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COMMERCIAL REAL ESTATE

Cushman President on Luck, Stocks and Borrowing

Executive is optimistic about downtown Los Angeles' fortunes, but worries about some REITs and bad bank debt in Japan and elsewhere.

July 14, 1998|BOB HOWARD | SPECIAL TO THE TIMES

One of the most outspoken executives in the Los Angeles commercial real estate world has long been John C. Cushman III, president and chief executive of Cushman Realty Corp., which he founded in 1978 with his brother Louis B. Cushman, the company's chairman. Cushman, whose brokerage firm has represented a host of Fortune 500 companies in some of the biggest deals in Los Angeles and other major U.S. cities, is known for his sharp assessments of the real estate industry and forecasts on where it is headed.

Cushman, who will be a featured speaker at The Times-sponsored Real Estate Outlook Conference on Thursday at the Century Plaza Hotel in Century City, is also known for devoting much of his time to pursuits outside his business, including duties as vice chairman of the Los Angeles Area Council of the Boy Scouts of America and a board member of Town Hall of Los Angeles, the L.A. World Affairs Council, Junior Achievement and the USC Board of Advisors. When he's not doing deals, Cushman likes to spend time at one of his favorite pieces of real estate, his ranch in Idaho.

Question: How does today's commercial real estate market compare with healthy markets of previous years?

Answer: This recovery is different. It's being driven by high-tech and telecommunications and diversified job growth in industries like the entertainment sector and international trade. There is also a flood of domestic capital chasing real estate. In the 1980s, we were not flush with capital in the United States. We didn't export capital. Americans today are investing in Thailand, Korea, China--all over the world. In the previous cycle, we went to Japan looking for their money. Now, the Japanese are quietly and discreetly selling assets.

Q: Is there anything that worries you about current market conditions?

A: I'm convinced we're going to see inflation because with the employment rate so low, there is so much demand for jobs in all sectors that employers are having trouble getting the people they need to run their businesses. Also, we are not out of the woods on what could go wrong in Asia. If the banks in Japan go into turmoil, it will destabilize the financial markets of the whole world, and if that happens, it will affect the global equity markets, which will cause pain and heartache in America--not just in real estate but in all of the capital and equity markets here and everywhere else in the world. It's not just Japan that we have to worry about, either. There is a lot of bad bank debt out there in other countries.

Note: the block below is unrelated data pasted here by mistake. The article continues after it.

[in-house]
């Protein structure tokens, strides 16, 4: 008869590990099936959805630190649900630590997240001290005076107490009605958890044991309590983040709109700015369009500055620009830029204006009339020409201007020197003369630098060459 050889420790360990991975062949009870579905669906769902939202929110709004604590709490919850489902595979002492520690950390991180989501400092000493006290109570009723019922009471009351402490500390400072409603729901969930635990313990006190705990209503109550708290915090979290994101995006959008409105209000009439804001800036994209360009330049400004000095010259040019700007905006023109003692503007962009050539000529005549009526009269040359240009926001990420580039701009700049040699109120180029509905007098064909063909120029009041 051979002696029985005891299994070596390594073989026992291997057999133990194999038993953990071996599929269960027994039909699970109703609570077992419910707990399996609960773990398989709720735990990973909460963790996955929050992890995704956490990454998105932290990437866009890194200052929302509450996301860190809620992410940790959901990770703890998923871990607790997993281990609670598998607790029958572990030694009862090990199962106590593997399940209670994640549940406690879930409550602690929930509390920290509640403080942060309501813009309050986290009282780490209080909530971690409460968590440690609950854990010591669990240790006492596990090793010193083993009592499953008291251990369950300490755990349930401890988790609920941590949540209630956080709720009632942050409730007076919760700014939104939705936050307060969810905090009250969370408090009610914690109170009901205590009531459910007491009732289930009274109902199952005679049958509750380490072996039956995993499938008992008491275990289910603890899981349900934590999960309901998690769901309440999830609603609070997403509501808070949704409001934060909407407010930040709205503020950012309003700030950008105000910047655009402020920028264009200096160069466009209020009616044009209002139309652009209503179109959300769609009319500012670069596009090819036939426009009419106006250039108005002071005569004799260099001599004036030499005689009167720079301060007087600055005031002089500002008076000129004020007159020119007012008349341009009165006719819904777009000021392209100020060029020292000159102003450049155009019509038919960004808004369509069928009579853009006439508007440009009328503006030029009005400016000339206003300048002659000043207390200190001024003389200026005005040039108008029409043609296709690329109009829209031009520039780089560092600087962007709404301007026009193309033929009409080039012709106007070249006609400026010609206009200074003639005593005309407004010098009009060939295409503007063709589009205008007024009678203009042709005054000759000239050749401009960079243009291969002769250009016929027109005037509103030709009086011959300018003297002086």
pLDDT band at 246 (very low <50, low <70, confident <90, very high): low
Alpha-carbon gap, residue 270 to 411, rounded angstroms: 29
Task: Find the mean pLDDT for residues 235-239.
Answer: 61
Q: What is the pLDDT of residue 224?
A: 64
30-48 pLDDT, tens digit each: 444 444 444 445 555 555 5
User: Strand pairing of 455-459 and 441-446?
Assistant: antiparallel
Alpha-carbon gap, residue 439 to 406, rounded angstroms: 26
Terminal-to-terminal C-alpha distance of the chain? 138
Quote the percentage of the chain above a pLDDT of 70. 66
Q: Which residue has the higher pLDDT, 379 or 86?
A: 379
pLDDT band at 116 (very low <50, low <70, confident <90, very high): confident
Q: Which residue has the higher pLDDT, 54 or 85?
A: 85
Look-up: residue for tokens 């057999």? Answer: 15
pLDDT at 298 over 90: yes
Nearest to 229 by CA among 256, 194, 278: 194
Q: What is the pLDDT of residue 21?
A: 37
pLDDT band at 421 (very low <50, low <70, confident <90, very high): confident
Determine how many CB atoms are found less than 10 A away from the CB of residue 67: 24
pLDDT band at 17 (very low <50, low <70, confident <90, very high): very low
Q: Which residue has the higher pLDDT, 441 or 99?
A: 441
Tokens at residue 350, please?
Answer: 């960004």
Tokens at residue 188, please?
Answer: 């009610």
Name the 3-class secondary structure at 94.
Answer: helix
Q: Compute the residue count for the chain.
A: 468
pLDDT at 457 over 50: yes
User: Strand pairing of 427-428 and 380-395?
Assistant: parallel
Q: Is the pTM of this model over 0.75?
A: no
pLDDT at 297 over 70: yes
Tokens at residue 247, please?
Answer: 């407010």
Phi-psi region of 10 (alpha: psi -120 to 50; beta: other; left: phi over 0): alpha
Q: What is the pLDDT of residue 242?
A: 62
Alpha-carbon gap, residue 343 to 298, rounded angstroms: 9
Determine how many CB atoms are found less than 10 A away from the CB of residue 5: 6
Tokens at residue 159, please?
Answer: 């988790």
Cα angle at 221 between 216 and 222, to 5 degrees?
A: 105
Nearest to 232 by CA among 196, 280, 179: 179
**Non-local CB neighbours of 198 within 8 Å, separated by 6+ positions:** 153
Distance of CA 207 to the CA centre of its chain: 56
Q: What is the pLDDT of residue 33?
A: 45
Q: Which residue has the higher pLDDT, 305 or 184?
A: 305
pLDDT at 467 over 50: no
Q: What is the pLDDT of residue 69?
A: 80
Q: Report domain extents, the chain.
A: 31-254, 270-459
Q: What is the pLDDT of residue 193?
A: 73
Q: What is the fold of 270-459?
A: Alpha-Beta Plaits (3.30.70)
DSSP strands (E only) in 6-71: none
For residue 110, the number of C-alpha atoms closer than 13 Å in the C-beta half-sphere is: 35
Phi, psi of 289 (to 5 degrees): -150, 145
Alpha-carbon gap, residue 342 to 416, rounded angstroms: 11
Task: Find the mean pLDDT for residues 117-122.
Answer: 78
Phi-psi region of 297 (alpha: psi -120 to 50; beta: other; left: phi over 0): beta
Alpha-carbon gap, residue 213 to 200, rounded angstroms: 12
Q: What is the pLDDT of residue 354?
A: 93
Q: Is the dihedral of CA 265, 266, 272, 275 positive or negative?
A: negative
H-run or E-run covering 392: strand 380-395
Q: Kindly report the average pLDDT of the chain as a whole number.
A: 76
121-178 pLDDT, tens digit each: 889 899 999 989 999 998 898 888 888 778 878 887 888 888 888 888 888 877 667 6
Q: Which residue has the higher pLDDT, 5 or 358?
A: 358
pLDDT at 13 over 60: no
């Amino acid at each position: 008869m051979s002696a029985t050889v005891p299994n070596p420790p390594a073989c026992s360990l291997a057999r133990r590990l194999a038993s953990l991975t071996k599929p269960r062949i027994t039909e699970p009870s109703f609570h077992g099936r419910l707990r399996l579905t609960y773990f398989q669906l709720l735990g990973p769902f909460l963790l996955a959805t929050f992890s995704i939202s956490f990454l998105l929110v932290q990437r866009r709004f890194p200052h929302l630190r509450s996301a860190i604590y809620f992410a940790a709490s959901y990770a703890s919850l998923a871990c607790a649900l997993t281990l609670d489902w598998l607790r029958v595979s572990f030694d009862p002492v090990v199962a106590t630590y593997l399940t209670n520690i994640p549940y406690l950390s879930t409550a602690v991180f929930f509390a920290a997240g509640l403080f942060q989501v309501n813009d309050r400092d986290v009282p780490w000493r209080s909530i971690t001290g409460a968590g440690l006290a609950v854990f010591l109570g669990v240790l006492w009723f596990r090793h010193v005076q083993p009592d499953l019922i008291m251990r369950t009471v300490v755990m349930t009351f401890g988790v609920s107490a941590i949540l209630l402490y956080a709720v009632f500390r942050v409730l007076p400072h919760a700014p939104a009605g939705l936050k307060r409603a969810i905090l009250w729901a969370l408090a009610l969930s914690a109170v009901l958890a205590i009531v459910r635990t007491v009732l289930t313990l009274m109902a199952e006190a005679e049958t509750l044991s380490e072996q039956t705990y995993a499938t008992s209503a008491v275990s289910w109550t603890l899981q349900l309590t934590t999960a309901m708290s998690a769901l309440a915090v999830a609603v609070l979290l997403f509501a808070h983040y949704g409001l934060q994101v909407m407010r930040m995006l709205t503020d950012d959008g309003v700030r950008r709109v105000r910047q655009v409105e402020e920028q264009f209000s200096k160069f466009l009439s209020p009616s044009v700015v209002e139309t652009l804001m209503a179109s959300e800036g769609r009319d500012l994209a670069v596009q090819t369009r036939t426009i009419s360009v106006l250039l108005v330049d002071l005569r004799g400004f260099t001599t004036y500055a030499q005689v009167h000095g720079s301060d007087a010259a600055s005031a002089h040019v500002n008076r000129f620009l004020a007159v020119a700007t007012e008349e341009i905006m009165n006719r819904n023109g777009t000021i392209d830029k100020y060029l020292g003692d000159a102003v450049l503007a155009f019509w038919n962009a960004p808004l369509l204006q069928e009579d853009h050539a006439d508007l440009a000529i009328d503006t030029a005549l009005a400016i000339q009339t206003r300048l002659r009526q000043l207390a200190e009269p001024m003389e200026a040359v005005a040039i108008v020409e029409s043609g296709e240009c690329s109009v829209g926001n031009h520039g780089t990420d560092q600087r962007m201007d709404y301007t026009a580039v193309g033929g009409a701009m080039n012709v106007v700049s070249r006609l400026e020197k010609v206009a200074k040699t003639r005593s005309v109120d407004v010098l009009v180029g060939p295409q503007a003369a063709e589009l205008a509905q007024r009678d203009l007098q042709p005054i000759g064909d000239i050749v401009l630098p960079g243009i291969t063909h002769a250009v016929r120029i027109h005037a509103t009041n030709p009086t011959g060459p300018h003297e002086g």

Q: Despite the Southern California real estate rebound, downtown Los Angeles is lagging other U.S. central business districts in recovering. What's your outlook on downtown's future?

A: Los Angeles has recovered slower than any other downtown in the country, but the real question is whether there's anything fundamentally wrong with downtown L.A. The answer is no. Downtown has been the victim of extraordinarily bad luck, and some of the vacancy numbers are misleading, but there is nothing wrong with its fundamentals. The outlook for downtown is very bright.

Q: What sort of bad luck and how are the numbers misleading?

A: It looks like a lot of corporations have left downtown, but they never really left, they were acquired in banking consolidations. Downtown has been the victim of bad luck in terms of the space that has been left vacant because of these consolidations.

The vacancy rate is misleading because it includes so many older buildings that were built before 1960, many of which are obsolete. They're all included in the 32 million square feet that's used to make the calculations on vacancy rates, but that's misleading because what really matters is the vacancy rate in Class A space, the very best buildings, which is about 16%. Even if you do look at all of the space, including the obsolete buildings, the vacancy rate has improved to about 23% today from 28.46% in 1992.

Q: What makes the older buildings obsolete?

A: Not all of them are obsolete, but many of them have the wrong floor sizes and shapes for today's tenants, the wrong depth between the windows and the core, and little or no parking. Many of them are in the wrong location. If the height between the floors isn't right, there isn't enough room to add the cabling that you need to make these buildings meet modern demands for power and technology.

Q: What's going to happen to these buildings?

A: That's a tricky question because some of them are architecturally protected as historical landmarks and some can in fact be adaptively reused for housing or other purposes. But many of them can't be saved and should in fact be imploded. A lot of them are just going to sit there.

Q: What makes you so optimistic about a downtown that has been so slow to recover?

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